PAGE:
# Asymptotics of 3n+1 stopping time

It is a well-known open problem whether the following process terminates for every positive integer:

Experiments suggest that it does, possibly with unintended side effects.

Since for any odd integer ${n}$ the number ${3n+1}$ is even, it is convenient to replace the step ${n:=3n+1}$ with ${n:=(3n+1)/2}$, as show below:

As a function of ${n}$, the stopping time has a nice patterned graph:

An odd integer ${n}$ is of the form ${4k+1}$ or ${4k+3}$. In the first case, ${(3n+1)/2 = 6k+2}$ is even, while in the second case ${(3n+1)/2 = 6k+5}$ is odd. So, if ${n}$ is picked randomly from all odd integers of certain size, the probability of ${(3n+1)/2}$ being even is ${1/2}$. Similarly, for an even ${n}$, the number ${n/2}$ can be even or odd with probability ${1/2}$.

This leads to a stochastic model of the process:

The graph of stopping time in the stochastic model is, of course random. It looks nothing like the nice pattern of the deterministic process.

However, smoothing out both graphs by moving window of width ${200}$ or so, we see the similarity:

The stochastic process is much easier to analyze. Focusing on the logarithm ${\log x}$, we see that it changes either by ${\log(1/2)}$ or by approximately ${\log (3/2)}$. The expected value of the change is ${\displaystyle \frac12\log (3/4)}$. This suggests that we can expect the logarithm to drop down to ${\log 1=0}$ in about ${\displaystyle \frac{2}{\log (4/3)}\log x}$ steps. (Rigorous derivation requires more tools from probability theory, but is still routine.)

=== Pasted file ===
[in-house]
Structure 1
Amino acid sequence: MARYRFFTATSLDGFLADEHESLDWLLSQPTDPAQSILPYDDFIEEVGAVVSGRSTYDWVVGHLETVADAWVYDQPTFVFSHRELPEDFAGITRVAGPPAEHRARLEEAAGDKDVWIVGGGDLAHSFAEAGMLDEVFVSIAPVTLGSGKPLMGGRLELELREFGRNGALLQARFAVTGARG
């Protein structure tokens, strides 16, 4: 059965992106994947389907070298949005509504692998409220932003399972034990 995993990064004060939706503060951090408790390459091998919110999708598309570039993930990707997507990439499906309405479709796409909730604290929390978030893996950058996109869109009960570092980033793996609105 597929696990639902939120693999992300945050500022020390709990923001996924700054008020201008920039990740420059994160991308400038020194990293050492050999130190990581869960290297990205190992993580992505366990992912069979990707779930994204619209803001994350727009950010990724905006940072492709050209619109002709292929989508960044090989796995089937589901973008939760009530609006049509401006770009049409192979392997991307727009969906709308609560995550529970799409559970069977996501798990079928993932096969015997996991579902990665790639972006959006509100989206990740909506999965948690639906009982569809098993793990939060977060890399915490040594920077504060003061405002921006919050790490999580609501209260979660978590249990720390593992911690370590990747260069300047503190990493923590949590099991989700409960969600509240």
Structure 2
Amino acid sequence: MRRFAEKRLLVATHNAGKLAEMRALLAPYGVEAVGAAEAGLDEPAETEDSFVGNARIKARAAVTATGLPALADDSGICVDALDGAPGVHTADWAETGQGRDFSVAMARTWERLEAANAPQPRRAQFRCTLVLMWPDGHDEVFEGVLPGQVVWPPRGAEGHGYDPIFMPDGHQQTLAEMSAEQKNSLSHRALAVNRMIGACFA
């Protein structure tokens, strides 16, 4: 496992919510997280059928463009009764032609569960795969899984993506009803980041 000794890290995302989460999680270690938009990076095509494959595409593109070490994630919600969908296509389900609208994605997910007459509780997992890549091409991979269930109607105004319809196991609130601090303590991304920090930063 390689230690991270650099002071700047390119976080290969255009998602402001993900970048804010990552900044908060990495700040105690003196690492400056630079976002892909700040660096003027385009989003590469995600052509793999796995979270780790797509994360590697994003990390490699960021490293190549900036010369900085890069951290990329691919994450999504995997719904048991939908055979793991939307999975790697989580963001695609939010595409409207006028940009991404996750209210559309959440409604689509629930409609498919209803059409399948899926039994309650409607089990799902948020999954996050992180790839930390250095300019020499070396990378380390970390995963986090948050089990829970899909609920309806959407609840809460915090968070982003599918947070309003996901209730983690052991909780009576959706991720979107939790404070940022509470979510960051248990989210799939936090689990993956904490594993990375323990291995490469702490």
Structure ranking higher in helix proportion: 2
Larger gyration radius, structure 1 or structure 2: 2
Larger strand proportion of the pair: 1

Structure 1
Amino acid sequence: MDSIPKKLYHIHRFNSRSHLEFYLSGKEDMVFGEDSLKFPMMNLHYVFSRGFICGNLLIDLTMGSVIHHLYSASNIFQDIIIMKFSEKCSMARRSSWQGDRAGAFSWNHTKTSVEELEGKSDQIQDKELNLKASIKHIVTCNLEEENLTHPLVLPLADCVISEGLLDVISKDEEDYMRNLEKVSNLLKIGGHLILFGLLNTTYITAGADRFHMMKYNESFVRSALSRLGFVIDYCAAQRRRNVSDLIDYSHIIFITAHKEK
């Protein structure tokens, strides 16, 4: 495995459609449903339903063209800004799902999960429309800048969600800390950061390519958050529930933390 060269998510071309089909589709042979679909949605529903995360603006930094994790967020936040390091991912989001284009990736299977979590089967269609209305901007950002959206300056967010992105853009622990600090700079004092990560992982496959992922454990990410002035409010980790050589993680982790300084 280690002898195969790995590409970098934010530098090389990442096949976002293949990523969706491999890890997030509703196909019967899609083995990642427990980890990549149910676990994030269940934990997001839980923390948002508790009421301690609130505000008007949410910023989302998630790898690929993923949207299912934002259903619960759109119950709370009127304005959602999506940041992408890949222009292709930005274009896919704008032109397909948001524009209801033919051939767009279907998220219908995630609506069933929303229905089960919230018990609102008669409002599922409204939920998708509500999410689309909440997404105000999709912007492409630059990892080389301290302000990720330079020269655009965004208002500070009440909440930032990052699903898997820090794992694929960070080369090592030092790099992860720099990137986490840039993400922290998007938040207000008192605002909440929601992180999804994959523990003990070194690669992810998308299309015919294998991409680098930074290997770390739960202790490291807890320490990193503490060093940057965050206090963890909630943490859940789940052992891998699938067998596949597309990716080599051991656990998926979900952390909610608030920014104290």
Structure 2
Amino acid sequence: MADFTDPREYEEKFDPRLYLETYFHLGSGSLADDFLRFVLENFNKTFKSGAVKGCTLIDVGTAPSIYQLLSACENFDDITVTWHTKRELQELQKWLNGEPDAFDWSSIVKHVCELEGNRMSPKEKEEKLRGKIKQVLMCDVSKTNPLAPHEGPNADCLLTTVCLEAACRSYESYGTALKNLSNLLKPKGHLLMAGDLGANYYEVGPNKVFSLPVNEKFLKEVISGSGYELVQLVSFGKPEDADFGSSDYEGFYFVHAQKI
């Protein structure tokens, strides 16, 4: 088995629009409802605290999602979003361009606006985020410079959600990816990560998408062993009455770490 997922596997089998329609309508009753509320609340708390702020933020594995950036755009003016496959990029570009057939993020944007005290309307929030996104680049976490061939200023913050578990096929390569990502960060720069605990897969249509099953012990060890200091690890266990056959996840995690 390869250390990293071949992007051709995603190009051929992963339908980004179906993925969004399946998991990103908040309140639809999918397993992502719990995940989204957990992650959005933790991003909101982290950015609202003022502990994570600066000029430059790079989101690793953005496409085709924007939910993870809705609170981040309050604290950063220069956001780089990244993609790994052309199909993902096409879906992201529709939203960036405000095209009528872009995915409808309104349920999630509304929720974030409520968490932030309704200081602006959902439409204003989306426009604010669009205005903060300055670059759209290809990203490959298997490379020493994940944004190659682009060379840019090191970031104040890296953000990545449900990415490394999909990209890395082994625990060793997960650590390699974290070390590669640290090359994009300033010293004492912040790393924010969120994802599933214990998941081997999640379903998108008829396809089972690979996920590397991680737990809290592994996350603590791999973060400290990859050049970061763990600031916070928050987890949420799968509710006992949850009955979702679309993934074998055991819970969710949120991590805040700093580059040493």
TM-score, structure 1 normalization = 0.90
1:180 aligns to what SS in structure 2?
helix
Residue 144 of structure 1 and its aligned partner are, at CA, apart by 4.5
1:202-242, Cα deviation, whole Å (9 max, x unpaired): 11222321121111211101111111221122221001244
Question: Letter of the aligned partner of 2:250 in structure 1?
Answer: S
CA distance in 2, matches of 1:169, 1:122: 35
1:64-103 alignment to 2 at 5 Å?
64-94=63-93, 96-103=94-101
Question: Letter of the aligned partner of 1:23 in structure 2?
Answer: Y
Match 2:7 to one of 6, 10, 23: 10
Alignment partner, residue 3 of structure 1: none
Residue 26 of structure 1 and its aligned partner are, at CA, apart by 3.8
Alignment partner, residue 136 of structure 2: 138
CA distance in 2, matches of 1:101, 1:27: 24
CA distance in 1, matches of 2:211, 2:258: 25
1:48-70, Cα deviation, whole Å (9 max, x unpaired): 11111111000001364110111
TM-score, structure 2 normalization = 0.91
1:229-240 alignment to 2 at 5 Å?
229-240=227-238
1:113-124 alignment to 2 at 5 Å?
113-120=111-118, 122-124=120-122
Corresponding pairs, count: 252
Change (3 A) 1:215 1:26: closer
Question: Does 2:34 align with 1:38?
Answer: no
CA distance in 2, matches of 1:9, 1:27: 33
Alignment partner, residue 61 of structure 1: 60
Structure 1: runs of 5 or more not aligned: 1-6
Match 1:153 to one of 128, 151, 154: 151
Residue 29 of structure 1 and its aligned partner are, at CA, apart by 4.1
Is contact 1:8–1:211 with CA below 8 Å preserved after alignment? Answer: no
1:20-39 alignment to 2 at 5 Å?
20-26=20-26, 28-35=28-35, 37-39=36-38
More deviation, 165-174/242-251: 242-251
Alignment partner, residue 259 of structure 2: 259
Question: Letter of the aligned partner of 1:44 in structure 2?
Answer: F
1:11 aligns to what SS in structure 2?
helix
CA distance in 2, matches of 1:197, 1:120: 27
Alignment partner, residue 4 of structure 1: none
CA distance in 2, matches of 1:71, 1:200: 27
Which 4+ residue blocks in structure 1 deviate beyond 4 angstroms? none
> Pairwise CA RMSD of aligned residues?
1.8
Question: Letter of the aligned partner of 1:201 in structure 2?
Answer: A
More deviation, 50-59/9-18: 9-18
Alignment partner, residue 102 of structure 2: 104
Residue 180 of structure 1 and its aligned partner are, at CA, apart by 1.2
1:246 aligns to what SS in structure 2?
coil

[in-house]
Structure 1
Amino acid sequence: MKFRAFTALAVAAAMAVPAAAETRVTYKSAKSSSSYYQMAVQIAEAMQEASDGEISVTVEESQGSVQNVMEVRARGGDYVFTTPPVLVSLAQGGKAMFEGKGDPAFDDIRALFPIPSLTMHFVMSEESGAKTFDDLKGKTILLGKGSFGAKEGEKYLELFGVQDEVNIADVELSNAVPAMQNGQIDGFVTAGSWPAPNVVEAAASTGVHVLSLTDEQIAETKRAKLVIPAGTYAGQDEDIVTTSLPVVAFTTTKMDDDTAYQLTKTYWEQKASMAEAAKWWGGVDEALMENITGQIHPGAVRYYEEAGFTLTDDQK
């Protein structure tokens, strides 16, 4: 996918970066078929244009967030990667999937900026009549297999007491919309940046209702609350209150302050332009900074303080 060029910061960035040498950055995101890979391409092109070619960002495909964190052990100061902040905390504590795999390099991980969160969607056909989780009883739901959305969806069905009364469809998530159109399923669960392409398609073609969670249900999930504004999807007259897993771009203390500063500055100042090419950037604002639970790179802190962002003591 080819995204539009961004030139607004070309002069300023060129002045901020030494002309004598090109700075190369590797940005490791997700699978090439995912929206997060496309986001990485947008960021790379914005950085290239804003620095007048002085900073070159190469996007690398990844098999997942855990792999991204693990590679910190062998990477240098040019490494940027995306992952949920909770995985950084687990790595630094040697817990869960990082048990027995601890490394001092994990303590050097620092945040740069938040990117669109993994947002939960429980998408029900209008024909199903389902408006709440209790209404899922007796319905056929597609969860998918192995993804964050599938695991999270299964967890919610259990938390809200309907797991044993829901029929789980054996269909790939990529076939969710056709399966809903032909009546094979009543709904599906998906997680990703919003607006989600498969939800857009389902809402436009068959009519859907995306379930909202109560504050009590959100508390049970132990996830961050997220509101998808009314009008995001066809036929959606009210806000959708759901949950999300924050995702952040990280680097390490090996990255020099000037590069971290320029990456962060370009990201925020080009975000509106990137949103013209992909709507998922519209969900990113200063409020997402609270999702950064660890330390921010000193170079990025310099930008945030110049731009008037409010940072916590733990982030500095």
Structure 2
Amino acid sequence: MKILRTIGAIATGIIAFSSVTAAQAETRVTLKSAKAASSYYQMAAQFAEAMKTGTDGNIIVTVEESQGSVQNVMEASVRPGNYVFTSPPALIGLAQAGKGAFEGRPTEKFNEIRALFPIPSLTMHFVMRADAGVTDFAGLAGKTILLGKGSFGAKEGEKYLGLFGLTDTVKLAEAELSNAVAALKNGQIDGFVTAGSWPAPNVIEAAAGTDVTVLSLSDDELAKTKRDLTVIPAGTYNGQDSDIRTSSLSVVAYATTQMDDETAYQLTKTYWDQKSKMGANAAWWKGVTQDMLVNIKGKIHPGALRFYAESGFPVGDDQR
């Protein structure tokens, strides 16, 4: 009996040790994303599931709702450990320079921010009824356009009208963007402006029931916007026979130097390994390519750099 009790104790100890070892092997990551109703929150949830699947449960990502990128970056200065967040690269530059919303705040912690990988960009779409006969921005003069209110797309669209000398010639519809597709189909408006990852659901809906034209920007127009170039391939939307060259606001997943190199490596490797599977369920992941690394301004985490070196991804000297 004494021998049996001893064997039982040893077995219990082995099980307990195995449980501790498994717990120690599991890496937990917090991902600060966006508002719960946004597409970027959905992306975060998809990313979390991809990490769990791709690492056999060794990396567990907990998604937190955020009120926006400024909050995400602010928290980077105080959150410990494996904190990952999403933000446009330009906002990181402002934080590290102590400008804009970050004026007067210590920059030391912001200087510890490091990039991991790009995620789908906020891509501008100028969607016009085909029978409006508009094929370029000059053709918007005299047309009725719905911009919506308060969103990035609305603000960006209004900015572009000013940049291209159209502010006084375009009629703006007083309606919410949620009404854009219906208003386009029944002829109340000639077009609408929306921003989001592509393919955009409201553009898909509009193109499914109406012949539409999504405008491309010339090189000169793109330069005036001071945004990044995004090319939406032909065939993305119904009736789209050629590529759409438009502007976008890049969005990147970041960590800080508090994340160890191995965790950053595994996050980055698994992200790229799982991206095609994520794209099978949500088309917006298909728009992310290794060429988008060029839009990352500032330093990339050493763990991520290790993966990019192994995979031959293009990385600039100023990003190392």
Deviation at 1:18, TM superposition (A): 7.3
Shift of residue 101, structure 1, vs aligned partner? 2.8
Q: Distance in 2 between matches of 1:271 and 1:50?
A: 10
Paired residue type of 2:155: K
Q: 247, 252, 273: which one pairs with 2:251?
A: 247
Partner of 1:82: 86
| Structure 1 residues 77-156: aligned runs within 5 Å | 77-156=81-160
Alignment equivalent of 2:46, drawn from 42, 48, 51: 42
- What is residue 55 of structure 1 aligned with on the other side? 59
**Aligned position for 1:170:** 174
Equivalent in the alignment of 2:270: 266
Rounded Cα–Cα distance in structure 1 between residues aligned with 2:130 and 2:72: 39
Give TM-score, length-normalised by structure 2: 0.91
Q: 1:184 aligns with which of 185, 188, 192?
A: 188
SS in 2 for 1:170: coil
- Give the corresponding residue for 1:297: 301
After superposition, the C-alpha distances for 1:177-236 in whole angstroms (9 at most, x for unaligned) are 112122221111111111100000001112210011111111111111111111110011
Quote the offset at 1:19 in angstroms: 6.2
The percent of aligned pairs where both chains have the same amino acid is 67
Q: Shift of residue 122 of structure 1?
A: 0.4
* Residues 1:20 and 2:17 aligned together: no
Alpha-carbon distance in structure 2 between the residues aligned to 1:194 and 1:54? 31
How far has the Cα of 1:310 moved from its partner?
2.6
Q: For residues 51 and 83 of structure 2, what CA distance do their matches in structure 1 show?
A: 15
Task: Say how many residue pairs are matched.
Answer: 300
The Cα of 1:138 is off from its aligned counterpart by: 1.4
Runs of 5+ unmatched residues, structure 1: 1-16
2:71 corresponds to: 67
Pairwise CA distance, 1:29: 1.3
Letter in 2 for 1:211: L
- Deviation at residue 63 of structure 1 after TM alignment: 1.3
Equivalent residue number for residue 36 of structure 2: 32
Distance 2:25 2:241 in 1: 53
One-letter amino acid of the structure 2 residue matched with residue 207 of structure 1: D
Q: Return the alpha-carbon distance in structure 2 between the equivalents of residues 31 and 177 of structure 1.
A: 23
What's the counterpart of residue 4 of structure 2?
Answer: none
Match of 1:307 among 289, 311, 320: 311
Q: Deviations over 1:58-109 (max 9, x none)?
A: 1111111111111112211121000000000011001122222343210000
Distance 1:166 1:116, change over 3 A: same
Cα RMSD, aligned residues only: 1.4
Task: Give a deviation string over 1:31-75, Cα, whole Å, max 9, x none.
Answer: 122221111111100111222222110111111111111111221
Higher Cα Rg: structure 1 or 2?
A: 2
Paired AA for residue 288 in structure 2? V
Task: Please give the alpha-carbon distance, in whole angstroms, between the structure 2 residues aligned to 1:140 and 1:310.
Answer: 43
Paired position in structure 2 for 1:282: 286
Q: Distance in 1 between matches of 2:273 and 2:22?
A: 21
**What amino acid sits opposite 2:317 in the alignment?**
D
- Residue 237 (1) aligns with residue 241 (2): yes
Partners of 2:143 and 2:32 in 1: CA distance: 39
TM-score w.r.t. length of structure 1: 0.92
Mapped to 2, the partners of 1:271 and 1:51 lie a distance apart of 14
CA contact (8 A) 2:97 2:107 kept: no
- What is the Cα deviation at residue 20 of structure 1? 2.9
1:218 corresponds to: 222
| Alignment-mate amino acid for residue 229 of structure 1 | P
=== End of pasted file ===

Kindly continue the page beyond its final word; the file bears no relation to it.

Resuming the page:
The curve ${\displaystyle \frac{2}{\log (4/3)}\log x}$ fits the experimental data nicely. (The red curve, being randomly generated, is different from the one on the previous graph.)

For an in-depth investigation, see Lower bounds for the total stopping time of 3X+1 iterates by Applegate and Lagarias.

For the computations, I used Scilab. The function hail(n,m) calculates the stopping times up to given value of n, and takes moving average with window size m (which can be set to 1 for no averaging).

 function hail(n,m) steps=zeros(1:n); steps(1)=0 for i=2:n k=i; s=0; while k>=i if modulo(k,2)==0 then k=k/2; s=s+1; else k=(3*k+1)/2; s=s+1; end end steps(i)=s+steps(k); end total = cumsum(steps) for i=1:n-m average(i)=(total(i+m)-total(i))/m; end plot(average,'+'); endfunction 

As soon as the result of computations drops below the starting value, the number of remaining steps is fetched from the array that is already computed. This speeds up the process a bit.

The second function follows the stochastic model, for which the aforementioned optimization is not available. This is actually an interesting point: it is conceivable that the stochastic model would be more accurate if it also used the pre-computed stopping time once ${x}$ drops below the starting value. This would change the distribution of stopping times, resulting in wider fluctuations after averaging.

 function randomhail(n,m) rsteps=zeros(1:n); rsteps(1)=0 for i=2:n k=i; s=0; while k>1 if grand(1,1,"bin",1,1/2)==0 then k=k/2; s=s+1; else k=(3*k+1)/2; s=s+1; end end rsteps(i)=s; end rtotal = cumsum(rsteps) for i=1:n-m raverage(i)=(rtotal(i+m)-rtotal(i))/m; end plot(raverage,'r+'); endfunction 

## 3 thoughts on “Asymptotics of 3n+1 stopping time”

1. Upps, there was a silly error in the “stopping-time” graph. Please remove my entry… Gottfried Helms

1. Corrected. However, the initially “impressive pattern” is no more existent in the “Stopping-time”-picture